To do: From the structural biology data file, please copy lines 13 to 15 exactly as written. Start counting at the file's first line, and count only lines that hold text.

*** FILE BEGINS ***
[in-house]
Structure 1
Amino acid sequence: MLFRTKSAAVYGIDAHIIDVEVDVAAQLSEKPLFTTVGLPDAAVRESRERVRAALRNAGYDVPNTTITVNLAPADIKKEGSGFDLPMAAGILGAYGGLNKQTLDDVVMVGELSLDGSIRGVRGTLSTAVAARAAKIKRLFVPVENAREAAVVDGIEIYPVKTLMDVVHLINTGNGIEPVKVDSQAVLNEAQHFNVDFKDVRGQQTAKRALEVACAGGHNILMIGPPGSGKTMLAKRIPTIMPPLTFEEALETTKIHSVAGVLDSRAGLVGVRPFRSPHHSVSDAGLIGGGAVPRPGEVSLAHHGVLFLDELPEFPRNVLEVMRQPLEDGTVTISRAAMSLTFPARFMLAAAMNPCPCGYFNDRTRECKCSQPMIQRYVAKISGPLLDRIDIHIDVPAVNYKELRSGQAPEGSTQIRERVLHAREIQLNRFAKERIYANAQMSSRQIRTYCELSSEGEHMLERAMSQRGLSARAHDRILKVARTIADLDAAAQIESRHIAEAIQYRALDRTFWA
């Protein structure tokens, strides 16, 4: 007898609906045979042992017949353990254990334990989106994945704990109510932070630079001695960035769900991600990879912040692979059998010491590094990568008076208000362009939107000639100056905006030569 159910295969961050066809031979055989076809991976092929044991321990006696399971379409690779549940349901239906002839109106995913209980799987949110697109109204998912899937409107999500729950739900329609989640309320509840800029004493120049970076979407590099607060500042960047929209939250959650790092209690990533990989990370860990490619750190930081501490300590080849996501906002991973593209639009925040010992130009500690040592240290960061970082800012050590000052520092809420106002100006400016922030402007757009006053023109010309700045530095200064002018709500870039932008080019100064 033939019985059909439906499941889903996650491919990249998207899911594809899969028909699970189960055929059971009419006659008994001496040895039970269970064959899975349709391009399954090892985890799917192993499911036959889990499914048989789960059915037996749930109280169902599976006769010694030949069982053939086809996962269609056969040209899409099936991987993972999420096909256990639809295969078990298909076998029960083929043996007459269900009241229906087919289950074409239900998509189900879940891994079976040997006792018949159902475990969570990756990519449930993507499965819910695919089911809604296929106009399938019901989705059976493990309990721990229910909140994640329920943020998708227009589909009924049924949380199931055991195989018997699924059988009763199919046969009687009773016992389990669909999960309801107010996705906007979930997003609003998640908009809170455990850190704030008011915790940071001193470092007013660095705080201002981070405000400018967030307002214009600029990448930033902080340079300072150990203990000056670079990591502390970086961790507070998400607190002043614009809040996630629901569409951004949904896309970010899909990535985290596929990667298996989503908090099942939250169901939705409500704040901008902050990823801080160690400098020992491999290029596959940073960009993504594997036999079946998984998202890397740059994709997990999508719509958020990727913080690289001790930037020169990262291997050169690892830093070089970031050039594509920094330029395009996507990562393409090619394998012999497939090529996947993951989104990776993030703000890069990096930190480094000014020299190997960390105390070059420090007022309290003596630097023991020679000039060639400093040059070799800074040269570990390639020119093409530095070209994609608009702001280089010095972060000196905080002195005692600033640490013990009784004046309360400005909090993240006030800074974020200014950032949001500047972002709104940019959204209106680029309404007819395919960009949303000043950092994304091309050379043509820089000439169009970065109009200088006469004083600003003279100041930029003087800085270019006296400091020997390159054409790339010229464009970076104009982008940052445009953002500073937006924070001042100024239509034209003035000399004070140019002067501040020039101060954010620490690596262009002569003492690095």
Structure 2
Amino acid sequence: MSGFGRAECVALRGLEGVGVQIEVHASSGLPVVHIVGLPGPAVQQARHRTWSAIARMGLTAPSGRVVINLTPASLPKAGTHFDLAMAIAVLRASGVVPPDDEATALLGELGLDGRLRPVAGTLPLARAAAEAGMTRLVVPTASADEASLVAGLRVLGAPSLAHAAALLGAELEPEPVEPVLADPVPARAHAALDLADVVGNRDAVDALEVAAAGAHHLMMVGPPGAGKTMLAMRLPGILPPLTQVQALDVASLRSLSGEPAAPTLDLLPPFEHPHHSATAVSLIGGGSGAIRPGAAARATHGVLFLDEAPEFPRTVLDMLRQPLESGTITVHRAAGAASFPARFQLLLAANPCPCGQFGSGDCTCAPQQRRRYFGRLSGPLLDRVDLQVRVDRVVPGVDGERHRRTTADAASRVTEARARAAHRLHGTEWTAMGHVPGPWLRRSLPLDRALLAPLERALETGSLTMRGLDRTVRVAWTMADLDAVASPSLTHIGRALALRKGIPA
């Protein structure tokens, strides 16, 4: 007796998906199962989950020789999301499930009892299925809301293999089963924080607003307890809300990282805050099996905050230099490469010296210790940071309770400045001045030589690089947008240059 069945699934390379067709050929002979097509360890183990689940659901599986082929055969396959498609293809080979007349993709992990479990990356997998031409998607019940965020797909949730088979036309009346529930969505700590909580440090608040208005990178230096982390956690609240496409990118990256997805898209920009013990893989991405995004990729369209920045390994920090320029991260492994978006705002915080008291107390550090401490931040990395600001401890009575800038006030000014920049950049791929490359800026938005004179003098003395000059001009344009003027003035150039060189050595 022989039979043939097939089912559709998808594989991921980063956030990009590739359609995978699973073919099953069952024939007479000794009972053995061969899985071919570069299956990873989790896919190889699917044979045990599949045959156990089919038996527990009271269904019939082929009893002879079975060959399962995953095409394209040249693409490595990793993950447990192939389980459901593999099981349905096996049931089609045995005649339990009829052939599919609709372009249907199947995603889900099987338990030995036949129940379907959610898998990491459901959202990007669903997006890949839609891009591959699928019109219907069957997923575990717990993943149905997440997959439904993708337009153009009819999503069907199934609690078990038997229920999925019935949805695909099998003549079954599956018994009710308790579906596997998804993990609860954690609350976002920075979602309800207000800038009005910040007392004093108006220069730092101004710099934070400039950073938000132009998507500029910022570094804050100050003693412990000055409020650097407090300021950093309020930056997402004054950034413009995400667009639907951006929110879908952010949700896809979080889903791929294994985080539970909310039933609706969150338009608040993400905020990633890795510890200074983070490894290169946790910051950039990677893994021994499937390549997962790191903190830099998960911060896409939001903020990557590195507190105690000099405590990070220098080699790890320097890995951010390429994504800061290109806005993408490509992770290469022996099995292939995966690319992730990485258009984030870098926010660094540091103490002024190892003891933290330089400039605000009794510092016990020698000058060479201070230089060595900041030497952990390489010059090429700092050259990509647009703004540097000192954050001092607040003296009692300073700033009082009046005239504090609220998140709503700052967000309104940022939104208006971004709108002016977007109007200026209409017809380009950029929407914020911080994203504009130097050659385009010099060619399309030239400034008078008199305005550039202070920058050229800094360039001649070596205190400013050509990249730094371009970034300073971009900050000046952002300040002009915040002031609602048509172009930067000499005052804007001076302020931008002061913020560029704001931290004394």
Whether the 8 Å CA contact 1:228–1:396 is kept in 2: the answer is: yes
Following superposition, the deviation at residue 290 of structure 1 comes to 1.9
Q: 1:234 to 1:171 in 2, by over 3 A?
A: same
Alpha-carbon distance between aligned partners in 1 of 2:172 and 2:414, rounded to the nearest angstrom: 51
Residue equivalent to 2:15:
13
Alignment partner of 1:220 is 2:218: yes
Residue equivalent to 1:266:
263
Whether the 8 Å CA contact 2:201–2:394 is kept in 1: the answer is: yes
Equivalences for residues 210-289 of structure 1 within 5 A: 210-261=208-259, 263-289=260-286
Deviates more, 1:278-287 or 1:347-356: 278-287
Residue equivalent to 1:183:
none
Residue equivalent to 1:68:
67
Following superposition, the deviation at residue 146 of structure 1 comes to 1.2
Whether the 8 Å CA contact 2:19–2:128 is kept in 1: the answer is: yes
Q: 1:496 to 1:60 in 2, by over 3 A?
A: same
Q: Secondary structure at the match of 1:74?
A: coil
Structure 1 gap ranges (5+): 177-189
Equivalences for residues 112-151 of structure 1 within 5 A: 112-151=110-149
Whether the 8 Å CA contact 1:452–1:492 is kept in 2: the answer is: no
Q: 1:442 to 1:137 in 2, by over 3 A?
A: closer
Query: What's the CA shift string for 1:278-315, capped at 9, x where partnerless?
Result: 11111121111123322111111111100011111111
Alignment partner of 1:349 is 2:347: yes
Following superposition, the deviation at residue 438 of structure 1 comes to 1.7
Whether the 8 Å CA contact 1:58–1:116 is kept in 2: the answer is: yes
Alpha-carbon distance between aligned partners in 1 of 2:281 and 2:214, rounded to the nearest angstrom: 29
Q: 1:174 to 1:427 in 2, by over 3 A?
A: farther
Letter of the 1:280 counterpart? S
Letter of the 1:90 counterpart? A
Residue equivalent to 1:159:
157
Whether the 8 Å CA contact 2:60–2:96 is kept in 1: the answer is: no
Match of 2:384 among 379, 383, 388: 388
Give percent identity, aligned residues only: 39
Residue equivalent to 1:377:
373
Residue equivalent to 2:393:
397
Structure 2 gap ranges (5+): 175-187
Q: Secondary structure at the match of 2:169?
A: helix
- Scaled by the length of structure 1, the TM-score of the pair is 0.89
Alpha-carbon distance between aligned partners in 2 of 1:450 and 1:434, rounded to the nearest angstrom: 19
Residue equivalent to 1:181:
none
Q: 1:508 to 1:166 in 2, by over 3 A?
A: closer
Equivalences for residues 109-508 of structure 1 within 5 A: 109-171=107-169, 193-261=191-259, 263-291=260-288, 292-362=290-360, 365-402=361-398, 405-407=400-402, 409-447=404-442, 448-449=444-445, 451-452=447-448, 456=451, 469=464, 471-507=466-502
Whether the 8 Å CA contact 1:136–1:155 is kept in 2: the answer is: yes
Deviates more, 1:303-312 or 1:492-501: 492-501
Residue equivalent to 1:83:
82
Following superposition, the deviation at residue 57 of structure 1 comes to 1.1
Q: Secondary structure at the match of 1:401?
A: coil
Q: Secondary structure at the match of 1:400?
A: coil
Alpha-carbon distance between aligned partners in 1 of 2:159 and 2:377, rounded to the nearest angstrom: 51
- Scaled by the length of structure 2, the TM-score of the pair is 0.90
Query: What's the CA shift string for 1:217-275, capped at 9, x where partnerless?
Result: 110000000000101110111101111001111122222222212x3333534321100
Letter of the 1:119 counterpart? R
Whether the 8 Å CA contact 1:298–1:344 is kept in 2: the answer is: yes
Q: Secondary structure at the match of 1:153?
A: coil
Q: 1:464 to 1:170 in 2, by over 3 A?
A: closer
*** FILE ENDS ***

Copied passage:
Residue equivalent to 2:15:
13
Alignment partner of 1:220 is 2:218: yes